Democratic Jason Crow of Colorado said on Tuesday that it’s not possible for the United States to evacuate all U.S. citizens and Afghan allies trapped in Afghanistan before the August 31 withdrawal deadline that President Biden is reportedly sticking to following Taliban demands that U.S. forces leave by then.
“We have a moral obligation to ensure that we get American citizens out and our Afghan partners out. There are more of those folks in the country, in Afghanistan, right now than we have the capability to evacuate between now and the end of the month,” Crow told reporters on Tuesday. “That’s why the mission must be extended, and we have to do what’s necessary to get people out, and it doesn’t have to do with a date on the calendar.”
“This is not a Taliban-negotiated date, this was a date the United States set,” Crow said, noting that circumstances have now changed since President Biden first announced the August 31 withdrawal date in the spring.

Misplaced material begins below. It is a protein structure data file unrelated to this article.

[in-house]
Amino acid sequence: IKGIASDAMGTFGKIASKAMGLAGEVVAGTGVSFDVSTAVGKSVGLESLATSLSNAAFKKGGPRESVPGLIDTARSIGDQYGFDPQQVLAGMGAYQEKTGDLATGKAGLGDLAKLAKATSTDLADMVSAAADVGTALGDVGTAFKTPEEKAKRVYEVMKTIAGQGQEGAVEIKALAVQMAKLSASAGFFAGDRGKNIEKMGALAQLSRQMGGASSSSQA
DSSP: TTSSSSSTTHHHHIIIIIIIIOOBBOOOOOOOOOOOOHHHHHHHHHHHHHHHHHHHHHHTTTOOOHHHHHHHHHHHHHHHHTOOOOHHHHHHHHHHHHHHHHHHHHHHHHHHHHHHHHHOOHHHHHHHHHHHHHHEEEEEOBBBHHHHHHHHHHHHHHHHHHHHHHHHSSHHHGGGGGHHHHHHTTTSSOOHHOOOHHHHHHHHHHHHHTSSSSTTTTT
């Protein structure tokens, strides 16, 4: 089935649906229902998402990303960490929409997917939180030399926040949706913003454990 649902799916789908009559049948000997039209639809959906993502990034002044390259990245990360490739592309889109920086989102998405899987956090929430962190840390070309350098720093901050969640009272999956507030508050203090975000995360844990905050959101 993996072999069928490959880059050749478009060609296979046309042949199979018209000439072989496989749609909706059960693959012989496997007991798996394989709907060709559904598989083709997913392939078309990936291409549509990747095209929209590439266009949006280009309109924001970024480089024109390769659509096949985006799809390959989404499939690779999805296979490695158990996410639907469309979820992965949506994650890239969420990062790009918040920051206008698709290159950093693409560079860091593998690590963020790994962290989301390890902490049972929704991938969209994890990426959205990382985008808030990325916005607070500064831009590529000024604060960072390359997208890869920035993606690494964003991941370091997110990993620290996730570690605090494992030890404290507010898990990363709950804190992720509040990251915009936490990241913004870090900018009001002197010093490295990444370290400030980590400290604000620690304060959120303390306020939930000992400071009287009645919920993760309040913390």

“We have a mission that has to get done,” Crow said. “There is broad bipartisan agreement within the United States Congress and across this country that we have to get American citizens out and we have to get our Afghan partners and allies out.”
“This is a very complicated, very high-risk mission,” said Crow, who served three tours in Afghanistan as an Army Ranger. “But . . . if we aren’t willing to use the U.S. military to protect U.S. citizens and our partners and our friends, then what will we use our military for?”
He added that missions such as these are “why we have the biggest, strongest military in the world, and that is to protect our people.”